Fannie Lou Hamer and Shirley Chisholm: Civil Rights Leaders and Pioneers in the Fight Against Food Insecurity

By Parker Gilkesson

Throughout our nation’s history, African Americans have left an indelible mark with their tremendous contributions to every part of our society—including the fight against poverty and hunger. As we celebrate Black History Month, let’s remember and uphold the legacies of two pioneers—Fannie Lou Hamer and Congresswoman Shirley Chisholm—who used their platforms to fight hunger.

As a grassroots activist during the Civil Rights movement, Fannie Lou Hamer is widely known for her work to transform voting rights. But, in 1969, Ms. Hamer launched an initiative that helped to create the foundation for public benefit programs today. Ms. Hamer, who had her own experience with hunger—as the child of a sharecropper—created the Freedom Farm Cooperative to address extreme hunger in the Mississippi Delta by empowering poor farmworkers. With a $10,000 donation from Measure to Measure (a Wisconsin-based non-profit), she invested in 40 acres of farmland and 50 pigs to ensure families would have the resources and food they needed. Those who participated in the co-op and tilled the land, received a share of the harvest. Families could also participate by tending to a pregnant pig from the “pig bank” until she produced babies, which were donated to other families in need.

The program was one of the first of its kind, taking a grassroots approach that allowed people to reach self-sufficiency. Within two years, the co-op was able to purchase 640 more acres, and the “pig bank” produced thousands of pigs. Through the co-op, Fannie Lou Hamer created a wonderful example of how to help a community eradicate hunger by allowing members to learn skills and become self-sufficient and economically stable.

Shirley Chisholm, who is the first African American woman elected to the U.S. Congress, also committed herself to protecting the poor and fighting against food insecurity. Representative Chisholm played a pivotal role in pushing legislation—including the Agriculture and Consumer Protection Act—that helped create what we now know as the Supplemental Nutrition Assistance Program (SNAP) and the Women, Infants, and Children program (WIC), both of which have led to increased food security throughout the United States today.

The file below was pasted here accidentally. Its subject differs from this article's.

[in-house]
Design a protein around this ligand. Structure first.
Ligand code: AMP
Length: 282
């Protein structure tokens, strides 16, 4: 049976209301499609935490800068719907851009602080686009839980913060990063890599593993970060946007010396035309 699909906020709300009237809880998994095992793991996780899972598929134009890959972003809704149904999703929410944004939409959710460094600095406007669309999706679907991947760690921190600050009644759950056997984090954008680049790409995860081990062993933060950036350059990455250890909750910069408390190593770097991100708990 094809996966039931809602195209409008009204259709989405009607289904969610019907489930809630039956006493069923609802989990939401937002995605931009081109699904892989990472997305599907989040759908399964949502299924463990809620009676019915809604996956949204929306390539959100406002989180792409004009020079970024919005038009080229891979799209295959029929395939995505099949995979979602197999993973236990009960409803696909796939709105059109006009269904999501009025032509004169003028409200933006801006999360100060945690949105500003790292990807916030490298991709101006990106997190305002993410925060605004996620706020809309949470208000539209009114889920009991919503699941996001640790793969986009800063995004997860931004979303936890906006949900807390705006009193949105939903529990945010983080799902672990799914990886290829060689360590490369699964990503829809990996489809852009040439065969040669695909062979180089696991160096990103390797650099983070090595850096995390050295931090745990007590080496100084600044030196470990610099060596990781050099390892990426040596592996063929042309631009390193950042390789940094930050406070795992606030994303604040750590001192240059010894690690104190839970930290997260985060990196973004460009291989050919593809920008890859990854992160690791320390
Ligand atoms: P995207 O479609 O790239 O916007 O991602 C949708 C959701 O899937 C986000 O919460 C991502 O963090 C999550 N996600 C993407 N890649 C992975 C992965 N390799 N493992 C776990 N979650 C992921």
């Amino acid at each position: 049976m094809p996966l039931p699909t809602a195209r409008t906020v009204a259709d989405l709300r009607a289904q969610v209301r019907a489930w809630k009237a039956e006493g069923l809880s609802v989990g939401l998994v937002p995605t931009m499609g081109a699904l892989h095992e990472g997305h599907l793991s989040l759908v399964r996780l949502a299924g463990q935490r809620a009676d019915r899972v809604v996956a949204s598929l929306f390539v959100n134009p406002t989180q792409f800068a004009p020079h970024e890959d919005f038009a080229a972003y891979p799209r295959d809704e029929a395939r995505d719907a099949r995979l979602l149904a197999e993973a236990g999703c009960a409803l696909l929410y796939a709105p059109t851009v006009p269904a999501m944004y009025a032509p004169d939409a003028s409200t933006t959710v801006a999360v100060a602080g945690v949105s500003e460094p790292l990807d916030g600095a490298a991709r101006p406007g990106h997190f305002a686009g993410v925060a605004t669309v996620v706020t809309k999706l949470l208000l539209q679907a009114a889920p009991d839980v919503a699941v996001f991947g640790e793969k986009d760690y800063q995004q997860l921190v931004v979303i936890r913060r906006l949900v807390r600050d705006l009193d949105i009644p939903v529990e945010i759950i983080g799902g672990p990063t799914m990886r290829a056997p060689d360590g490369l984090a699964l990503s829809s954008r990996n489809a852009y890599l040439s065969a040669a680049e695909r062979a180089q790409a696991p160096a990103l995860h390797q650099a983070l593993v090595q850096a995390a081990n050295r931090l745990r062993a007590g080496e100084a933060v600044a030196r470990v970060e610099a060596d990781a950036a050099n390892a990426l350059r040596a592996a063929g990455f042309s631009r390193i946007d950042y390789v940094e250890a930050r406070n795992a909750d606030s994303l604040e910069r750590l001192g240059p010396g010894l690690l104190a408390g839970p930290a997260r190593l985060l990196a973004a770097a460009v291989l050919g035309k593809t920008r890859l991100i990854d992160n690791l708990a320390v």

The fight for food security continues. This month, the United States Department of Agriculture (USDA) released a proposed rule that would take away nutrition assistance through SNAP from over 755,000 Americans—disproportionately affecting people of color. We know that stricter policies to take away assistance from people who don’t meet work requirements are racially coded. They perpetuate false stereotypes erroneously asserting that most benefit recipients are people of color who don’t want to work. This proposal does not account for the fact that people of color are more likely to live in neighborhoods with poor access to jobs, have low-quality jobs, have higher unemployment rates and work part-time involuntarily—they work part-time due to uncontrolled circumstances, but would work full-time if possible. Consequently, when stricter rules requiring reporting of steady work hours as a condition of receiving food assistance under SNAP are passed, they disproportionately affect communities of color. You can fight this proposal by submitting your own comment as part of the rulemaking process describing why the proposed rule is harmful.

The comment period only lasts 60 days, so please weigh in on the SNAP rule by April 2. Our partners at the Food Research Action Center have set up an action page where you can learn more and submit a comment using their template, adding your own words about the importance of SNAP. Honor the legacy of Fannie Lou Hamer and Shirley Chisholm during Black History Month by raising your voice to promote food security.